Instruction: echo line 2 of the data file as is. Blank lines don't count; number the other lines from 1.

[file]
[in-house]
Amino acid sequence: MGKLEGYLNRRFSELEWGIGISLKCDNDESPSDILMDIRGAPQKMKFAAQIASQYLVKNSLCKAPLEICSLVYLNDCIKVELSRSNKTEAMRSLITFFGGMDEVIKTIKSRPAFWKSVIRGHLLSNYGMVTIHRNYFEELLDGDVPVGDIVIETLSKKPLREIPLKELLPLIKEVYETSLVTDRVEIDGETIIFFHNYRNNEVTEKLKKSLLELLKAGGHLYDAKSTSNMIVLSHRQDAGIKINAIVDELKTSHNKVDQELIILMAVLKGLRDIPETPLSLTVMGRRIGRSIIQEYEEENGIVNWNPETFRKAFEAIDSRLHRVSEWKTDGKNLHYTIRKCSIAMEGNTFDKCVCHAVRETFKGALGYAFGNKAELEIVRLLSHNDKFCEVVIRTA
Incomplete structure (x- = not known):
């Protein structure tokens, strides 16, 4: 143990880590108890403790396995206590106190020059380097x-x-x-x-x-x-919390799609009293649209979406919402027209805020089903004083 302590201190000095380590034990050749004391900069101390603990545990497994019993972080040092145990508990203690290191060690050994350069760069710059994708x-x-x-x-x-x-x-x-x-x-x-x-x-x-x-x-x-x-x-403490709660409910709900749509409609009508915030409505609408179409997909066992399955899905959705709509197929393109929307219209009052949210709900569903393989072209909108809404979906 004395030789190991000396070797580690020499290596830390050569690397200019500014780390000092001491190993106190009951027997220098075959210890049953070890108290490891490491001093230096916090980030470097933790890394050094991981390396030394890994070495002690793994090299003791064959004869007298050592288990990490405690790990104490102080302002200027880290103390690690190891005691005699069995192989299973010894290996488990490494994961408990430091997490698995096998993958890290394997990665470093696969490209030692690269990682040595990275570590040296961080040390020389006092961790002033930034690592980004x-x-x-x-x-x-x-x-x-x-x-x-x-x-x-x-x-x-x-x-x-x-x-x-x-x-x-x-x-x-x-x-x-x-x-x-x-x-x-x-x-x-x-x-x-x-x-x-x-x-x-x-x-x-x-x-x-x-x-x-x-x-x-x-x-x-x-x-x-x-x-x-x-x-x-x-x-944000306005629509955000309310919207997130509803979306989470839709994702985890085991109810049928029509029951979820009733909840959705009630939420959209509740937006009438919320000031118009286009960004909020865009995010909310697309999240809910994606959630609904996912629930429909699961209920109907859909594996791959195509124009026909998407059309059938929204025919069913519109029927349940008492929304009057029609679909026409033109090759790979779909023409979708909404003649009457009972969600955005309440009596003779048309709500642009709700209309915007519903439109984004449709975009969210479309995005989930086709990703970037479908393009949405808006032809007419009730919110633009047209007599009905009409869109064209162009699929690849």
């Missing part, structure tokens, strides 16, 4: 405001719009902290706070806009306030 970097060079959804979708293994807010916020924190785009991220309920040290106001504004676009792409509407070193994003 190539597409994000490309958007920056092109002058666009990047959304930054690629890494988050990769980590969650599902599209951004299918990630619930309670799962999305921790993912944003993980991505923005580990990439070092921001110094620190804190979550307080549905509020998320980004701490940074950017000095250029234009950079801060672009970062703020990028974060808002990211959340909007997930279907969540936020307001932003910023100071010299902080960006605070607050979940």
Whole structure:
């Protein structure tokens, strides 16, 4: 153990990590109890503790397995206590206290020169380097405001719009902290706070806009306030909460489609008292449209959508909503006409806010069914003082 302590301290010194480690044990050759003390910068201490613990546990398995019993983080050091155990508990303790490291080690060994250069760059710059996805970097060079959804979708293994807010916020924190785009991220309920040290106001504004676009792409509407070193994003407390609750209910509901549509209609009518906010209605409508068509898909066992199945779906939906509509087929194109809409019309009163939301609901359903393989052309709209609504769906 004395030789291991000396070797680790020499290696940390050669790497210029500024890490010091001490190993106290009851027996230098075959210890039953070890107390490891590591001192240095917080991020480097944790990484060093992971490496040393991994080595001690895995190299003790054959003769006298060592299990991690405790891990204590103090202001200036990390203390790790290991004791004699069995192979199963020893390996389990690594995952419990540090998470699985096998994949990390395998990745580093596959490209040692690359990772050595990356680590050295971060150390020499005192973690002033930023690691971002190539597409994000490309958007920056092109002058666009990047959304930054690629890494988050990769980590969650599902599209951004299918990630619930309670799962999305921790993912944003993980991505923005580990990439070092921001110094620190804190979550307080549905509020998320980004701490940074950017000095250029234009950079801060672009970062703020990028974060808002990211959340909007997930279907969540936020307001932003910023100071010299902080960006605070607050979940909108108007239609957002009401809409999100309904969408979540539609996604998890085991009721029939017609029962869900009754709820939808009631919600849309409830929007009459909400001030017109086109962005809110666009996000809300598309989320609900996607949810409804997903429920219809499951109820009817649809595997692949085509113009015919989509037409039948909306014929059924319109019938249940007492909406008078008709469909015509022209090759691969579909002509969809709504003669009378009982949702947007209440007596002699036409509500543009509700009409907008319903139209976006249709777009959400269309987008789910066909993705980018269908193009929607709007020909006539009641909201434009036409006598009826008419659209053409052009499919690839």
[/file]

Amino acid sequence: MGKLEGYLNRRFSELEWGIGISLKCDNDESPSDILMDIRGAPQKMKFAAQIASQYLVKNSLCKAPLEICSLVYLNDCIKVELSRSNKTEAMRSLITFFGGMDEVIKTIKSRPAFWKSVIRGHLLSNYGMVTIHRNYFEELLDGDVPVGDIVIETLSKKPLREIPLKELLPLIKEVYETSLVTDRVEIDGETIIFFHNYRNNEVTEKLKKSLLELLKAGGHLYDAKSTSNMIVLSHRQDAGIKINAIVDELKTSHNKVDQELIILMAVLKGLRDIPETPLSLTVMGRRIGRSIIQEYEEENGIVNWNPETFRKAFEAIDSRLHRVSEWKTDGKNLHYTIRKCSIAMEGNTFDKCVCHAVRETFKGALGYAFGNKAELEIVRLLSHNDKFCEVVIRTA